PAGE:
In the past, entrepreneurs rarely used factoring to raise money, because it was seen as a sign of financial instability. The early 1990s' credit crunch changed that, says Craig Sheinker, founder and president of New York City-based Quantum Corporate Funding Ltd. Now, selling your invoices and other financial obligations is becoming a more popular way to raise money.
"Factoring today is much different than it was 20 to 30 years ago," says Sheinker. "The stigma is removed, and now large companies and small firms all use factors."
Factoring isn't for everyone, however. "If you operate on a 5 percent profit margin or less, you shouldn't factor," advises Sheinker, because factors may charge up to 4 percent of the invoices they collect. But if you need short-term financing, your payroll fluctuates seasonally, or your company is growing too fast to wait for traditional financing, factoring may be for you.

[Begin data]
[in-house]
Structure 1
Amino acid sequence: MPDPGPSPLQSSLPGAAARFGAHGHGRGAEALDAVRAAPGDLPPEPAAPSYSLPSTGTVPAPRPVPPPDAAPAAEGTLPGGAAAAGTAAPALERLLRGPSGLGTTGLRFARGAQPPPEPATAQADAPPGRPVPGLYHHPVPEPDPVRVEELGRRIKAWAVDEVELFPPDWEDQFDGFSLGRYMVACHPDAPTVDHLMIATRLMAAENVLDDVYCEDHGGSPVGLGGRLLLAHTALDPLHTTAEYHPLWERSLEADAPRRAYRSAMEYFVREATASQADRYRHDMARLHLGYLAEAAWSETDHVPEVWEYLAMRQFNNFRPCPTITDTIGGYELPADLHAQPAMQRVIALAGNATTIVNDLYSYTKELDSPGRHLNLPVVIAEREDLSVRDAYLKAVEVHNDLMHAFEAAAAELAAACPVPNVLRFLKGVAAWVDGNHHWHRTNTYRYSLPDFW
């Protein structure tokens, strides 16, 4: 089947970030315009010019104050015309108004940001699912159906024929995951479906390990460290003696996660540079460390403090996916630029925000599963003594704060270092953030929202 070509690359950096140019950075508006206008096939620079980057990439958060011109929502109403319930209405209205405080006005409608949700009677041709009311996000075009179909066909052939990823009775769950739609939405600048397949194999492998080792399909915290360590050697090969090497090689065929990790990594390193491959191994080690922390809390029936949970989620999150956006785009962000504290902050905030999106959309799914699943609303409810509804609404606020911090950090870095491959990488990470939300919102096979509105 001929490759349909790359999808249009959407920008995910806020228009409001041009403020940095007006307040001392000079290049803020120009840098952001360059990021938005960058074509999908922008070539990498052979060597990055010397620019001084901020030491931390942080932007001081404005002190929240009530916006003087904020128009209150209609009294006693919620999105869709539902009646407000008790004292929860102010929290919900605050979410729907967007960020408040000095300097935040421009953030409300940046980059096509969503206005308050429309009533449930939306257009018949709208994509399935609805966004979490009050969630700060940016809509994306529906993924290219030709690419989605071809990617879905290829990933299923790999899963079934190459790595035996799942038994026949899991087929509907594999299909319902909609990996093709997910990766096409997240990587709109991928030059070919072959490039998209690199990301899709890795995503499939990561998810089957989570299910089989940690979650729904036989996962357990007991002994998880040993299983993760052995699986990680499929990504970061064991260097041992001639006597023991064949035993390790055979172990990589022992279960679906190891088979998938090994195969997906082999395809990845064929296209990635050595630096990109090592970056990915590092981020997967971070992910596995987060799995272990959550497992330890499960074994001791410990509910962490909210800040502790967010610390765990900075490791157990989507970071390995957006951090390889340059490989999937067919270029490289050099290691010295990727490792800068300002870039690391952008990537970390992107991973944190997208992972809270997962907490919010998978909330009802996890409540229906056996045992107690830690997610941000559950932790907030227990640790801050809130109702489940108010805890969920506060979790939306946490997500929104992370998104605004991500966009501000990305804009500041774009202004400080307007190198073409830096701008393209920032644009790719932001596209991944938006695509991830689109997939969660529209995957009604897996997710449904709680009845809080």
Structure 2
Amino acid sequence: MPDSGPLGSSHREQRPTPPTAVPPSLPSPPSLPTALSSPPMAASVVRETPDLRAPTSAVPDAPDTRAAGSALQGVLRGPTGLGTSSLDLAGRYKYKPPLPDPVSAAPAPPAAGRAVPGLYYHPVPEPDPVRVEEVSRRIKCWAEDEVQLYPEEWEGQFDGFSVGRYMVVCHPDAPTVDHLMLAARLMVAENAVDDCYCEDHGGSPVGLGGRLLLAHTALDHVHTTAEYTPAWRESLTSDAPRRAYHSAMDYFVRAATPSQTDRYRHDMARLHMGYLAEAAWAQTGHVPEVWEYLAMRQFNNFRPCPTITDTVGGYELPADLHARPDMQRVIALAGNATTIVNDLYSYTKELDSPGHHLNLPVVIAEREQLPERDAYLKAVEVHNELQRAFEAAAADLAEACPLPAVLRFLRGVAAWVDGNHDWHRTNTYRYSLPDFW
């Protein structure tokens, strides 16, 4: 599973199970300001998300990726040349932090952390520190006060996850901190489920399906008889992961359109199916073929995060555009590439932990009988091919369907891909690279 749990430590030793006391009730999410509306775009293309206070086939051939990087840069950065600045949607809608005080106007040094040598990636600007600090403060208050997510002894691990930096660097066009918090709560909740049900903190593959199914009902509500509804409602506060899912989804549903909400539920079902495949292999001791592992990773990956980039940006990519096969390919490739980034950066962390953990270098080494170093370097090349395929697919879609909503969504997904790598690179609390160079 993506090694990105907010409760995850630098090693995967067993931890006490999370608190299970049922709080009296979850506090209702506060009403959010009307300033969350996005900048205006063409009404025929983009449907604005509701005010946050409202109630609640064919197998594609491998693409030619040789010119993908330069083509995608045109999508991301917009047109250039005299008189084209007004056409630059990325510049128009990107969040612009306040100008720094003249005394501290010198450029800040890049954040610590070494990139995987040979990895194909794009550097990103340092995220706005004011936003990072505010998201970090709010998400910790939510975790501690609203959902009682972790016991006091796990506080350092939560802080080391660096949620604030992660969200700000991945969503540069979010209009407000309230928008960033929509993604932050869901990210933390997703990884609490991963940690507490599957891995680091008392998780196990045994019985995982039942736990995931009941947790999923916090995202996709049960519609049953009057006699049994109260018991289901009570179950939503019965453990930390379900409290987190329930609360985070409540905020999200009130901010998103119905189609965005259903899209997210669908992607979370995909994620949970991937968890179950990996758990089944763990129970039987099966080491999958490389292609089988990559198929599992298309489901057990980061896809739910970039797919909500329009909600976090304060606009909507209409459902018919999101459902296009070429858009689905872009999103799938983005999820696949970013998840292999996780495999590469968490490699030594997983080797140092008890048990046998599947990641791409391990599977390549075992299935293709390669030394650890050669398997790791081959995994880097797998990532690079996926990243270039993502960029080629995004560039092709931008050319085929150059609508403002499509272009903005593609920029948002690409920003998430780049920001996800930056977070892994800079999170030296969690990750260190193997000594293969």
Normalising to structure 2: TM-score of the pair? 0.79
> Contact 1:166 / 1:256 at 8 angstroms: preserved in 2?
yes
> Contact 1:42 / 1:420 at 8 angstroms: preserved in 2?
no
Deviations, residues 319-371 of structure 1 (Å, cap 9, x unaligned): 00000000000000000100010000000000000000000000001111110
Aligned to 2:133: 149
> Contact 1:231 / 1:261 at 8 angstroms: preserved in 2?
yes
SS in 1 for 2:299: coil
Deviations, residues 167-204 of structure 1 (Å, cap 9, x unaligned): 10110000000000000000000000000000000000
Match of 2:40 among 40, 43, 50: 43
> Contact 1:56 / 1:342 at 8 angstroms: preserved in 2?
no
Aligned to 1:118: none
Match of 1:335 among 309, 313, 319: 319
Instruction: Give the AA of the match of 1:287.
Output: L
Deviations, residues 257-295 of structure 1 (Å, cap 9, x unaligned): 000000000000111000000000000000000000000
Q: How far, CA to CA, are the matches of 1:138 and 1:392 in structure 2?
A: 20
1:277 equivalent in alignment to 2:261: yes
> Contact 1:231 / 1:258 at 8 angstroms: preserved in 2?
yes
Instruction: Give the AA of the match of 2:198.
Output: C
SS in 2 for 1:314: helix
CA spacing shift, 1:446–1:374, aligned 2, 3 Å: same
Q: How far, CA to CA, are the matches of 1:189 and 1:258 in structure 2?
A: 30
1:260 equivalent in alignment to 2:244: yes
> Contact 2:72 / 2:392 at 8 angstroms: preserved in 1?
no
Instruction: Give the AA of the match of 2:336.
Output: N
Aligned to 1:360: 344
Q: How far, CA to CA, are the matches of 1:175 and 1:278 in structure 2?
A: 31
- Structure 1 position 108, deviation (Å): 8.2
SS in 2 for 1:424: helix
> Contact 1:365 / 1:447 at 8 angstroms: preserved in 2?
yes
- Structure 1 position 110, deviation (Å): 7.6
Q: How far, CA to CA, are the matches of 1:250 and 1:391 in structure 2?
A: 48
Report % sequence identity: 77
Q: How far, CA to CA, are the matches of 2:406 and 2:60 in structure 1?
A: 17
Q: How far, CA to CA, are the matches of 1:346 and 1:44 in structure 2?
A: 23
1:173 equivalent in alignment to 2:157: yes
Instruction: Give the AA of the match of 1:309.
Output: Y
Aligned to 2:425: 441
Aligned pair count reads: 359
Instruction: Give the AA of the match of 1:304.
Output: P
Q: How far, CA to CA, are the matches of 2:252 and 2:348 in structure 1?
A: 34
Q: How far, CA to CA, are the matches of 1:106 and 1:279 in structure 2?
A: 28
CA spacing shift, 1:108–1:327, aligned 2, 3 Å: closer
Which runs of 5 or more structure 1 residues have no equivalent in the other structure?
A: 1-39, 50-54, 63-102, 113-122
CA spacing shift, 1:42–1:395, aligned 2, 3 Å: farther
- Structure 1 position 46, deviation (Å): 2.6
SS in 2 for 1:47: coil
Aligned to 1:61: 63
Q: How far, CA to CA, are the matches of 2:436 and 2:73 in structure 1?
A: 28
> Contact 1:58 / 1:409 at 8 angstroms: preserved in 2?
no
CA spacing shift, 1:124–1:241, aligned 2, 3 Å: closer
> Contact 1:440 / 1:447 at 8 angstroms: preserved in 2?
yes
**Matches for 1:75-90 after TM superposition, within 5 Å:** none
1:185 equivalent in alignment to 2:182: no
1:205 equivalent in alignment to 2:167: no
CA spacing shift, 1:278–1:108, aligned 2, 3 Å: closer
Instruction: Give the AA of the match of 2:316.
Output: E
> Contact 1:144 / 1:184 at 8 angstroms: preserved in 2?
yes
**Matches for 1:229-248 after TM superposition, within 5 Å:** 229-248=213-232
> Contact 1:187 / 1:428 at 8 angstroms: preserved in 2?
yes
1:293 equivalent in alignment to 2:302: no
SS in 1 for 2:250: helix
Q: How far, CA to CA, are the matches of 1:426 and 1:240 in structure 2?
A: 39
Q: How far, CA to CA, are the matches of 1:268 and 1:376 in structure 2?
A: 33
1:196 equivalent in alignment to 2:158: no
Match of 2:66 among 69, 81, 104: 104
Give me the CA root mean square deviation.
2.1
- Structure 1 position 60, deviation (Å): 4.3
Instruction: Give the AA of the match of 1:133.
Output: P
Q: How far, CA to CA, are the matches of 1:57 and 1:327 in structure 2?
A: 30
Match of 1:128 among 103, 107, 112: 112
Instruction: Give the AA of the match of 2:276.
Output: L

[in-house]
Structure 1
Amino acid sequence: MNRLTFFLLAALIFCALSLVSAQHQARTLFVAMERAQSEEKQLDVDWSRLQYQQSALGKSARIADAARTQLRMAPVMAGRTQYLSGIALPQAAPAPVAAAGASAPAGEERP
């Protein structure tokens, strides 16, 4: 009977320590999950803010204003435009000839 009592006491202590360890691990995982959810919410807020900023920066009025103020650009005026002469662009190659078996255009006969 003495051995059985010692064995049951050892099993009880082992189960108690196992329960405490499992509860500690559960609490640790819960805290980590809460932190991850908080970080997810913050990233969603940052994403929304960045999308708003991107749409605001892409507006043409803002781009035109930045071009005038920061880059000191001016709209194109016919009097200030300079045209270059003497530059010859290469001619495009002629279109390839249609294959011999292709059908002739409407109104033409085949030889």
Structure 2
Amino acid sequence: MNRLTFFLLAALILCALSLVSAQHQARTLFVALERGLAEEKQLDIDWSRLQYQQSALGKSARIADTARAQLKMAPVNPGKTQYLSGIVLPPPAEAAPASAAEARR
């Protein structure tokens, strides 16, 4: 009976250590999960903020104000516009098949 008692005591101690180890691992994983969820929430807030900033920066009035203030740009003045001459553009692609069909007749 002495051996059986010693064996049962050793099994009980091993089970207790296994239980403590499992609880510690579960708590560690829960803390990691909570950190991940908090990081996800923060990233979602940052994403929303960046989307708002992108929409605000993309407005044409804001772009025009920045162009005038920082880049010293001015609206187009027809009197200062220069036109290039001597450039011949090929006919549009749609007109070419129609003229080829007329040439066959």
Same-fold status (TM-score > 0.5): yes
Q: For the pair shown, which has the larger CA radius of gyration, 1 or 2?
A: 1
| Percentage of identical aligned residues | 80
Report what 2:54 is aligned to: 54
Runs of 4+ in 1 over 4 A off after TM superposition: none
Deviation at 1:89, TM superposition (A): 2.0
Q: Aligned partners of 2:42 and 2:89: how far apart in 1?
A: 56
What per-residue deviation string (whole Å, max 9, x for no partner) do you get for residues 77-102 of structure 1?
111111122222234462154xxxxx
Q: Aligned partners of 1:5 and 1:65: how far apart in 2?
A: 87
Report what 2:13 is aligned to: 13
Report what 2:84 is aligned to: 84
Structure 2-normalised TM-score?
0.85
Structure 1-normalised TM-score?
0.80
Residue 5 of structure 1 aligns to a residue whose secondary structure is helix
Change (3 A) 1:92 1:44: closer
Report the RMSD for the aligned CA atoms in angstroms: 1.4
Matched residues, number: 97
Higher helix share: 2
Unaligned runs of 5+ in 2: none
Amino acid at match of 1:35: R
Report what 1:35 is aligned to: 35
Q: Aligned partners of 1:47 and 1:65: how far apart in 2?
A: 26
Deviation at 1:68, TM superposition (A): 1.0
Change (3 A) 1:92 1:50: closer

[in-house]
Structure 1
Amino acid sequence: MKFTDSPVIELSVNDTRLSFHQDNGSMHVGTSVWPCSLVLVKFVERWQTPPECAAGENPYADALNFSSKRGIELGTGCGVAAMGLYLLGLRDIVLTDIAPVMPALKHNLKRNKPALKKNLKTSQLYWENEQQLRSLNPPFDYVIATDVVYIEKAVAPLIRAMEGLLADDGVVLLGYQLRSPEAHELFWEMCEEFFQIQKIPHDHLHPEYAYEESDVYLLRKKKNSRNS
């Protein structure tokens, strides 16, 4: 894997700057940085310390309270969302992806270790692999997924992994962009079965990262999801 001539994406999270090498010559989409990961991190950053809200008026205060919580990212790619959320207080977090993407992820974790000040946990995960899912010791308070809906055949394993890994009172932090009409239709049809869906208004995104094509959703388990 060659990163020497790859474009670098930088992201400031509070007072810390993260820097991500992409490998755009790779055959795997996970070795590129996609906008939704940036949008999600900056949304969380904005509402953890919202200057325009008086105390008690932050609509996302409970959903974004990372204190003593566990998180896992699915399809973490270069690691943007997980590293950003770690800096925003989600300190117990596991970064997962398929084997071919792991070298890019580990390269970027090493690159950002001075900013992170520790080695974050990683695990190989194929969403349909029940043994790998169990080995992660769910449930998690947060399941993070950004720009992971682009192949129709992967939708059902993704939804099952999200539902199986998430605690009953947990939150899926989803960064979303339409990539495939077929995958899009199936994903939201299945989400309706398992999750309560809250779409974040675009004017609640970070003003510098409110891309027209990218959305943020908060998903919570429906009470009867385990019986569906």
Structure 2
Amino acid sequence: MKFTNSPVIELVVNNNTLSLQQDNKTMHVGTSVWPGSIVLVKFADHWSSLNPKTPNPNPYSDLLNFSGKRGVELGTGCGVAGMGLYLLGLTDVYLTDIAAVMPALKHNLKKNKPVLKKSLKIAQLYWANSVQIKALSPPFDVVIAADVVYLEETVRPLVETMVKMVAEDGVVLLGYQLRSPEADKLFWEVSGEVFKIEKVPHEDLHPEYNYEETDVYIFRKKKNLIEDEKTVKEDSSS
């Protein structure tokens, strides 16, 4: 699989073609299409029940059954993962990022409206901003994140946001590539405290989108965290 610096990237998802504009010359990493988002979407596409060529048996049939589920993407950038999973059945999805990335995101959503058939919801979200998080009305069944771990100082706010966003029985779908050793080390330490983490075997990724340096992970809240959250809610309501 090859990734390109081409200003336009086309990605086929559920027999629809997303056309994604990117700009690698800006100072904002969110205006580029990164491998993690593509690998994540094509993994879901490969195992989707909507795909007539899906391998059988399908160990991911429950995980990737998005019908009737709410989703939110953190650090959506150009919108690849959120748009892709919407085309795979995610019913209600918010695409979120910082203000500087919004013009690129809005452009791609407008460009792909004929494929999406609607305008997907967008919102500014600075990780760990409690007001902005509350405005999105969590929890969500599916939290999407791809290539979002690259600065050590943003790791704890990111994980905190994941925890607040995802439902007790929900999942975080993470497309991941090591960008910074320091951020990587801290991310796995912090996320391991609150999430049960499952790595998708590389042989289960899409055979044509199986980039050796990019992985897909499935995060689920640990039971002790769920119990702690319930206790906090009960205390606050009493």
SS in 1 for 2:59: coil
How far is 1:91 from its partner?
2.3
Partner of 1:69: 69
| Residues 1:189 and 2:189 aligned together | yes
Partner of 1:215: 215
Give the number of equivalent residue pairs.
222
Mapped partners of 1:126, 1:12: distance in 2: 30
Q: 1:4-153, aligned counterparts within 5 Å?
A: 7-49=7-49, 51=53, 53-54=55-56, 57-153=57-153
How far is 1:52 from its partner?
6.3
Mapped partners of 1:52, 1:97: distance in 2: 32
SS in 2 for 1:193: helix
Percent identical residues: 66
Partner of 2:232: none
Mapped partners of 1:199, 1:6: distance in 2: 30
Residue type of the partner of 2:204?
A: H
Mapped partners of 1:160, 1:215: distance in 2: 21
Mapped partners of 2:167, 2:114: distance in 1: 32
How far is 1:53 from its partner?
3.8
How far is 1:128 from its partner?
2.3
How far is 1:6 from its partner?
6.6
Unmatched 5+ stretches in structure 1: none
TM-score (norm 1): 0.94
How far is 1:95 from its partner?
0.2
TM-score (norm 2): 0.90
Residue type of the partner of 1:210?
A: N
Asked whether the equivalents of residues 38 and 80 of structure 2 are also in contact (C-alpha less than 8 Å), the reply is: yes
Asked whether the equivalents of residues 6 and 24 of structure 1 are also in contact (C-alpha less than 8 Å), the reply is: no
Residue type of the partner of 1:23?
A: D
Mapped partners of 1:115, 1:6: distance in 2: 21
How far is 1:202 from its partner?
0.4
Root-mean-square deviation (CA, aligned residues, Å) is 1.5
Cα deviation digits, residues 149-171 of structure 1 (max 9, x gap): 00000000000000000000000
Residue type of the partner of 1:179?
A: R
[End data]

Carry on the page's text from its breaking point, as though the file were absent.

What type of factor should you choose? Nonrecourse factors, like Quantum, will bear the financial exposure if your customers default. Maturity factors (a type of nonrecourse factor) will pay you on a specific date if your invoices aren't paid. Recourse factors, in contrast, require repayment in the event of a default. If you only need to factor a few invoices, spot factors offer greater flexibility at a higher cost.
As you search for a factor, don't shop by rates, cautions Sheinker. It's more important to find a good team with experience making creative deals to service your account.
For more information on finding a factor, contact the Commercial Finance Association at (212) 594-3490 or http://www.cfa.com